I was recently quoted in the print and online versions of The Age and SMH on social media and recruitment. The article sprouted much conversation after its release – including a healthy debate on my Facebook status after I shared the link.
I’ve included an excerpt of the article below – would love to hear your thoughts.
In an age of oversharing online and with a third of the Australian population on Facebook, many recruiters and companies cannot resist the temptation to screen potential candidates via social media.
In the US, employers have taken their screening one step further, with reports employers have asked job candidates to log in to their Facebook page during the interview.
Employers were interested in looking beyond a person’s resume, said Kate Kendall, who specialises in recruitment via social media.
”You can’t rely solely on your CV any more,” Ms Kendall said.
”Companies are more interested in a holistic view of who they are hiring. You can’t really try and hide.”
Ms Kendall said she did a Google search on a strong candidate for an IT position and discovered a Twitter reference to him smoking marijuana.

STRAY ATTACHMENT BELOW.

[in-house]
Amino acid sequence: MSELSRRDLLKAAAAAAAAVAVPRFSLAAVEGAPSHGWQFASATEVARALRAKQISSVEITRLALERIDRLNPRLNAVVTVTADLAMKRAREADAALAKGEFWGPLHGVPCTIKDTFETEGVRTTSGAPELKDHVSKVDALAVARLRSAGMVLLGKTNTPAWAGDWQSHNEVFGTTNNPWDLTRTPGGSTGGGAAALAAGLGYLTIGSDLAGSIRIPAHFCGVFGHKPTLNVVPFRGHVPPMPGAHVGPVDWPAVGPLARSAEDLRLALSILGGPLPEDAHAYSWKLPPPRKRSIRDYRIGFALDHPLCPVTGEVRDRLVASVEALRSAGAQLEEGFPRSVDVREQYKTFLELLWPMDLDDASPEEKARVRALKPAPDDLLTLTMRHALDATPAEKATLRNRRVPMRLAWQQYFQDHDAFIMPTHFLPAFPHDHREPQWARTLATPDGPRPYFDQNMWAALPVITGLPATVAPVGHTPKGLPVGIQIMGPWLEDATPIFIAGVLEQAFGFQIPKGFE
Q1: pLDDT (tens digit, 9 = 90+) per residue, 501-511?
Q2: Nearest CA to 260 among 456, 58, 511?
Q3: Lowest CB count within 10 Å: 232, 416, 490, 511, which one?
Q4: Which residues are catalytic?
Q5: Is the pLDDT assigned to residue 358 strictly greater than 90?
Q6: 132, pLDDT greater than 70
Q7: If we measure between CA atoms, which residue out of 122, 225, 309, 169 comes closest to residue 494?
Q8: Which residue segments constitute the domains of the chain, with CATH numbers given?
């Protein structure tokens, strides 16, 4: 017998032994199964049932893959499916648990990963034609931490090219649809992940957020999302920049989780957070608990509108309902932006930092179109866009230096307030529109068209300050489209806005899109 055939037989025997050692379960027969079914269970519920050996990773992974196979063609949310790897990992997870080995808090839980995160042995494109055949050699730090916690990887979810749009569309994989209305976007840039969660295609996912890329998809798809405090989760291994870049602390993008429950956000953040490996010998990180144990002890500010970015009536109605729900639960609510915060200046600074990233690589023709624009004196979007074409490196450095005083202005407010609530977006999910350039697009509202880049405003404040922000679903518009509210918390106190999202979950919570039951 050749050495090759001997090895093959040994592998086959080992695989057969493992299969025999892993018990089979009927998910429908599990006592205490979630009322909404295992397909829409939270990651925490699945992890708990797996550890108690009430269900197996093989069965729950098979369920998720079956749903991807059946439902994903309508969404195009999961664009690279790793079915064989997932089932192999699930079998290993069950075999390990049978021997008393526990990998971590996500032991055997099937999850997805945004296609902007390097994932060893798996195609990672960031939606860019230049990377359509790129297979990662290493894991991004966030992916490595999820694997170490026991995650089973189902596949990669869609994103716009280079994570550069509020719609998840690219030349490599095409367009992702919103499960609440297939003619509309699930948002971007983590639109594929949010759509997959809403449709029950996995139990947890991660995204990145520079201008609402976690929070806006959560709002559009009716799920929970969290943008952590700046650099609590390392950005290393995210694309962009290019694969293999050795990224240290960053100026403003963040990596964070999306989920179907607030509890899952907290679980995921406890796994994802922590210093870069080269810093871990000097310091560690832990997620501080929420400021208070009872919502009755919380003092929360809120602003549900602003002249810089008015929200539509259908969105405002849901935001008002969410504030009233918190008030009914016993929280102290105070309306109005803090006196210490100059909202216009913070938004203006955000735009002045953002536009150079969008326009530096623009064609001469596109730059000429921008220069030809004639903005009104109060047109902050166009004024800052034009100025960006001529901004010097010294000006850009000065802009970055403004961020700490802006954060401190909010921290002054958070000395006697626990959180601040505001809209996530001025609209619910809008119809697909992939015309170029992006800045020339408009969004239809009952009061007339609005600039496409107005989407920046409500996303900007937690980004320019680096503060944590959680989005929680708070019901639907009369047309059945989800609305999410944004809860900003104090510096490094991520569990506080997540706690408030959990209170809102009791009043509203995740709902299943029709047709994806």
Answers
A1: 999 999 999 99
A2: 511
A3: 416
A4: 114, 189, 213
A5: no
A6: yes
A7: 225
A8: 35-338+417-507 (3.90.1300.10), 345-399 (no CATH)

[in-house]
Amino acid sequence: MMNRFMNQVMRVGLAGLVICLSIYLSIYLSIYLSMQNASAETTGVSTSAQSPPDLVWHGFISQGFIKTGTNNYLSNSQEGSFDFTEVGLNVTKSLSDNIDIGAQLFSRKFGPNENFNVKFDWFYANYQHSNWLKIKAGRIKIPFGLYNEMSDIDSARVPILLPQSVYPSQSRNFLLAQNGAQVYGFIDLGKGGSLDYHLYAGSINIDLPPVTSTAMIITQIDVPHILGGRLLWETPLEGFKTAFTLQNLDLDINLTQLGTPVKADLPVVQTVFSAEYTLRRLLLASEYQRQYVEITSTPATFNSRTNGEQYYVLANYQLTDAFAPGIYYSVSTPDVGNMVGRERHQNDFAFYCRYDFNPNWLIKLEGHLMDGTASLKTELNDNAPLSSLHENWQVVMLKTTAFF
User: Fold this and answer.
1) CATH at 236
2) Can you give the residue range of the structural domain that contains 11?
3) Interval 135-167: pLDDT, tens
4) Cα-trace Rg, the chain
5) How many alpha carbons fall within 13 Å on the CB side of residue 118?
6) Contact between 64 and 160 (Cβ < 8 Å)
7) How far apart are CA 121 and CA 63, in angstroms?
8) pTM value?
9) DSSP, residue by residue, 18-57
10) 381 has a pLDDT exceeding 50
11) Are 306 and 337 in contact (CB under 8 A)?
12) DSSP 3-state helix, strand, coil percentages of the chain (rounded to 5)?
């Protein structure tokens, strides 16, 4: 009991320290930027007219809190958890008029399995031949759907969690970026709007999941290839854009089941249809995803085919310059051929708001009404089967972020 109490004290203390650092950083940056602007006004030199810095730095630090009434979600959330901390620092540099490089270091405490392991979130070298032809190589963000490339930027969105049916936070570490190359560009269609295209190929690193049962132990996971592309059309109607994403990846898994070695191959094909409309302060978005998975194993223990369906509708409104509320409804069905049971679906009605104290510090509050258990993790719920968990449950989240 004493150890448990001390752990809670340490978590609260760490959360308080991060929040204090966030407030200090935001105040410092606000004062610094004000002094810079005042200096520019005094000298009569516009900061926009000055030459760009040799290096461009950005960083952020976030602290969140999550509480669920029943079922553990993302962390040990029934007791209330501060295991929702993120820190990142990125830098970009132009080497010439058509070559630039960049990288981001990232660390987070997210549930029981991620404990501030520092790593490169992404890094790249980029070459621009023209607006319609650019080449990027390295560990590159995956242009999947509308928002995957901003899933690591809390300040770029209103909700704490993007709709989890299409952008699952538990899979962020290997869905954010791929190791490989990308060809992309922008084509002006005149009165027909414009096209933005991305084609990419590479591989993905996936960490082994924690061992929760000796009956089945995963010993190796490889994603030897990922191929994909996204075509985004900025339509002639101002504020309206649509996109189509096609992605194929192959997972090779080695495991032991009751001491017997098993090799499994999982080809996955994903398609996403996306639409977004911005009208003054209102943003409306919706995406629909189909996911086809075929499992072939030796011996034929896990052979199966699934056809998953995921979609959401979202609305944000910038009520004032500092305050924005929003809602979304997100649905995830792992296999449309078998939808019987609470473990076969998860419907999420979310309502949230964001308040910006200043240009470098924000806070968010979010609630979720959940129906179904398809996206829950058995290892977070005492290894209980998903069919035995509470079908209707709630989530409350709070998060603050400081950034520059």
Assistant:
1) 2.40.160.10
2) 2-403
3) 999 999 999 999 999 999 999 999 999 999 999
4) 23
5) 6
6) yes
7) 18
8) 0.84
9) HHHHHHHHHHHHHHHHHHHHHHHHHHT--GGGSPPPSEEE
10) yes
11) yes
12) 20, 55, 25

”While he still got the job, that’s not something he’d actively put on a cover letter or resume,” Ms Kendall said.
The rest of the piece continues here:
4 thoughts on “Social recruitment practices”
I’ve started looking for a new job in the last month and have experienced the exact scenario described in the article. One of the recruiters whom I had been been exchanging job details with tried to contact me a couple of days before Christmas, but had been unsuccessful (as I had been on a plane at the time). When I returned her call the next day, she said that she realised that I was probably doing some holiday travel as she had checked my Twitter status (which had something about annoying security checks at airports). The thing is, I had never given her my twitter details.
As someone who is careful with my status updates on Twitter, and who locks down Facebook to only close friends, I didn’t have too much to worry about, but it still gave me pause to see that recruiters were actually doing their own form of background checks.
Shortly after, I was surprised when a recruiter contacted me via LinkedIn about a position (a very good position as it turned out). I had always treated LinkedIn as a bit of a joke – I was there because everyone else was, but never put much effort into my profile. Well literally one week after updating my profile with actual details, the recruiter found me. Definitely a whole new world of recruitment!
It’s simply a matter of common sense.
Only problem is, common sense doesn’t appear to be very common.
Love it Stan!
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